To Dye For

On the morning of May 21, Philadelphians awoke to find that a prankster had dyed the water in the fountain at JFK Plaza bright pink. Rather than causing a hue and cry among city leaders, however, the stunt inspired them.
by | August 2003

On the morning of May 21, Philadelphians awoke to find that a prankster had dyed the water in the fountain at JFK Plaza bright pink. Rather than causing a hue and cry among city leaders, however, the stunt inspired them.

Since then, park officials have tried their own hand at coloring the water in several of the city's fountains. Philadelphia's annual Welcome America Festival, which is touted as the nation's largest Independence celebration and ran from June 27 to July 6, provided the perfect opportunity. After pondering whether to use lights to color the water or to follow the prankster's lead and use dye, officials decided to do both.

Fountains along Benjamin Franklin Parkway, where many of the festival's events took place, were colored with a blue algaecide. Officials also used lights to color the water red, white and blue at night at Logan Circle, site of the city's most prominent fountain. "Everybody I've heard from says it looks great," says Barry Bessler, chief of staff of the Fairmount Parks Commission, Philadelphia's parks agency.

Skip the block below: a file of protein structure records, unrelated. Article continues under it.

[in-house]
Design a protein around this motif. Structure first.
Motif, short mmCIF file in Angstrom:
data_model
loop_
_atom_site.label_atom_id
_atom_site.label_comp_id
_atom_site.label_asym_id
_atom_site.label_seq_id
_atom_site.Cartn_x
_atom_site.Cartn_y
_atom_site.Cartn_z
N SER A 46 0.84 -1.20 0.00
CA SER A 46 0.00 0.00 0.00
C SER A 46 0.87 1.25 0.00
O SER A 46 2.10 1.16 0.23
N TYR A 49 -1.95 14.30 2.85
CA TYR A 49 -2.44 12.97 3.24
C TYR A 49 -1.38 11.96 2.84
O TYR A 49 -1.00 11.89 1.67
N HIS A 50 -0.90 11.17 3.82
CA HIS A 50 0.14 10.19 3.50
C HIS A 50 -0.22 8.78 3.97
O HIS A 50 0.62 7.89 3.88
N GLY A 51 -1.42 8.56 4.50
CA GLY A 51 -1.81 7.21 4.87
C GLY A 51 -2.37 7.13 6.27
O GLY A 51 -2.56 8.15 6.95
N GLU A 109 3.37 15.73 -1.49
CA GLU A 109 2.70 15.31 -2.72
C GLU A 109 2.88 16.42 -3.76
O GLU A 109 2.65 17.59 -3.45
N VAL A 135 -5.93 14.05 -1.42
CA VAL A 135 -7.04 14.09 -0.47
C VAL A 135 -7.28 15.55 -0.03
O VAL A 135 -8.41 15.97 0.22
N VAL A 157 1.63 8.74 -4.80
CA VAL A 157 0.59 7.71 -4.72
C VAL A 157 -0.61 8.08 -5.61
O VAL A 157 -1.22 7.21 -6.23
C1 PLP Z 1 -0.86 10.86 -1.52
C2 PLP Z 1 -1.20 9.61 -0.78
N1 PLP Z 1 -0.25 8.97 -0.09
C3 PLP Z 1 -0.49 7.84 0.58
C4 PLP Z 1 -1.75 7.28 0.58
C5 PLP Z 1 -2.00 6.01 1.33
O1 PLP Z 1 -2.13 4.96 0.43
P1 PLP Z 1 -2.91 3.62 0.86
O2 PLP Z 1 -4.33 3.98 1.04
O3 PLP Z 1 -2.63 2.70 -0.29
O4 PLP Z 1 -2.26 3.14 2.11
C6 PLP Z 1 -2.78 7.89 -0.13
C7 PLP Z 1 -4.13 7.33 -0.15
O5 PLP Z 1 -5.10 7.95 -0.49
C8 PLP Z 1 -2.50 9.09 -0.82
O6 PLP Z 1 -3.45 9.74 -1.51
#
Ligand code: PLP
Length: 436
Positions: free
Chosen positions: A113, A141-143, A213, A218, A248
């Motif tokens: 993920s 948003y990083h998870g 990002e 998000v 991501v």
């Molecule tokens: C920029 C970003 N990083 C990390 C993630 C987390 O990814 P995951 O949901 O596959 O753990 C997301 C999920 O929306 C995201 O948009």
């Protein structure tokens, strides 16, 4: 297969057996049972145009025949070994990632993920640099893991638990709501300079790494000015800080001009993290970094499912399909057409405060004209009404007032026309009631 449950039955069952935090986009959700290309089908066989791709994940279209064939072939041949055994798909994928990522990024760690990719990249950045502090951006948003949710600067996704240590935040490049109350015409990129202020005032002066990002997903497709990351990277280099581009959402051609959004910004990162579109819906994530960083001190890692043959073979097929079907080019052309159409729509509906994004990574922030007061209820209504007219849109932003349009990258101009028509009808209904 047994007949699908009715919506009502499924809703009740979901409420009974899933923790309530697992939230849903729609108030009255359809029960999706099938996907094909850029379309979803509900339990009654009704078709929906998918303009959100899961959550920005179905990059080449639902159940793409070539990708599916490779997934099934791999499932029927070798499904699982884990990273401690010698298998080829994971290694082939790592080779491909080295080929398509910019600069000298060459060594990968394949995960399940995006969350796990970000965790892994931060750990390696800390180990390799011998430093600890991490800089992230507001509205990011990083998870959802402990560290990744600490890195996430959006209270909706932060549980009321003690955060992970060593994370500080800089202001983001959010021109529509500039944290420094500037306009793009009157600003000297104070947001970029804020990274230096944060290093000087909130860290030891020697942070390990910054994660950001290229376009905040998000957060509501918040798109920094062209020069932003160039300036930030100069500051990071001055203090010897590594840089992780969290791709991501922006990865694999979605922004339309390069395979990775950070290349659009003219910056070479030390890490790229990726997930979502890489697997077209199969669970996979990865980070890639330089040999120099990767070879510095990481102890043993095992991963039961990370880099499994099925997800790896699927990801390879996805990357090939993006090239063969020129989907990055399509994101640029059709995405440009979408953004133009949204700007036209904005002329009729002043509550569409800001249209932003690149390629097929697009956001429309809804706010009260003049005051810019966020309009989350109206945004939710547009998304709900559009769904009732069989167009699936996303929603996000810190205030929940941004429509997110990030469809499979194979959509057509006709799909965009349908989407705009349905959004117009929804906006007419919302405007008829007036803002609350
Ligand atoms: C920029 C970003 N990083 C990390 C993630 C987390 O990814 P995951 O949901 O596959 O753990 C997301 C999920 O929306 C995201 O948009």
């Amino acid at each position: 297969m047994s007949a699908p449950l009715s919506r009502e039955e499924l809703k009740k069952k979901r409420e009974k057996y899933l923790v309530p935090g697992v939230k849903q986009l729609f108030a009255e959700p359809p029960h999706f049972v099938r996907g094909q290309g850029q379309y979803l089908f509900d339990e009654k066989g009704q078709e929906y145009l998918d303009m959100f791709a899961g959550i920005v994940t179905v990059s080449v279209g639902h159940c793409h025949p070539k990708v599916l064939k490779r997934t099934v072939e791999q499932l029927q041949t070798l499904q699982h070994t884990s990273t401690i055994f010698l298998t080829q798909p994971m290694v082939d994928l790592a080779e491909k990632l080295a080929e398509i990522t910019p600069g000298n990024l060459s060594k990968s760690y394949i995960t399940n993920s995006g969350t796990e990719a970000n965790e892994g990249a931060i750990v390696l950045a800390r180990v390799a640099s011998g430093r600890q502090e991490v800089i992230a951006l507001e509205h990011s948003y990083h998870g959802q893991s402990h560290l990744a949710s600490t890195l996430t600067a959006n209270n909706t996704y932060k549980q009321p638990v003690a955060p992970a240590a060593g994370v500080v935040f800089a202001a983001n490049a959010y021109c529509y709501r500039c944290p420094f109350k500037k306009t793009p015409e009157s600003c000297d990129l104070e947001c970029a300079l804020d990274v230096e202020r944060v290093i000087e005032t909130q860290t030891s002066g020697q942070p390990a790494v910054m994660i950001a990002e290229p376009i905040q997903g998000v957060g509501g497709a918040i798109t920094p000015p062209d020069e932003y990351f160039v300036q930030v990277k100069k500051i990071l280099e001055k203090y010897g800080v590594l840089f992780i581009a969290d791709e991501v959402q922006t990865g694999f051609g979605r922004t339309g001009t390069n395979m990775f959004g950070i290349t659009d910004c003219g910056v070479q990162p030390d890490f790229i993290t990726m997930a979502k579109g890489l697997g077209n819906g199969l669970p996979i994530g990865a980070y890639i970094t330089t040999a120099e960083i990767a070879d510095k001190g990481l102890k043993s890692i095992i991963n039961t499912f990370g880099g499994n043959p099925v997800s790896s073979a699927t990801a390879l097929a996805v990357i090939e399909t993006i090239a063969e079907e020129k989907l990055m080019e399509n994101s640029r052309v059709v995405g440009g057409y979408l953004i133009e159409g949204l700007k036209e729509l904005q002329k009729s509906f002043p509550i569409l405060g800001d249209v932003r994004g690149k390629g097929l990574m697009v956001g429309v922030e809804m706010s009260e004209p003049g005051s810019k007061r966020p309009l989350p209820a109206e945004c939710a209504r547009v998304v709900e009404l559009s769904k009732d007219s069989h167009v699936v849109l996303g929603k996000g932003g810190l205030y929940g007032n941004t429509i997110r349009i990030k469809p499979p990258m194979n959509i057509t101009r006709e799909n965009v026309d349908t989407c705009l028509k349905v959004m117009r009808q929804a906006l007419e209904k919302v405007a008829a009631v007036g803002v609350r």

While park officials co-opted the prankster's idea, they insist that the original dye job was an act of vandalism. They note that while the city carefully selected its coloring agent to be harmless, dye could damage the marble in some fountains or be unhealthy for people wading in the water. After the initial incident, the fountain was drained and scrubbed as a precaution.

However, the prankster isn't likely to wind up in an orange prison jumpsuit anytime soon. "At this point, I don't know quite honestly how much investigation is going on," Bessler says.

Josh Goodman
Josh Goodman | Former Staff Writer | mailbox@governing.com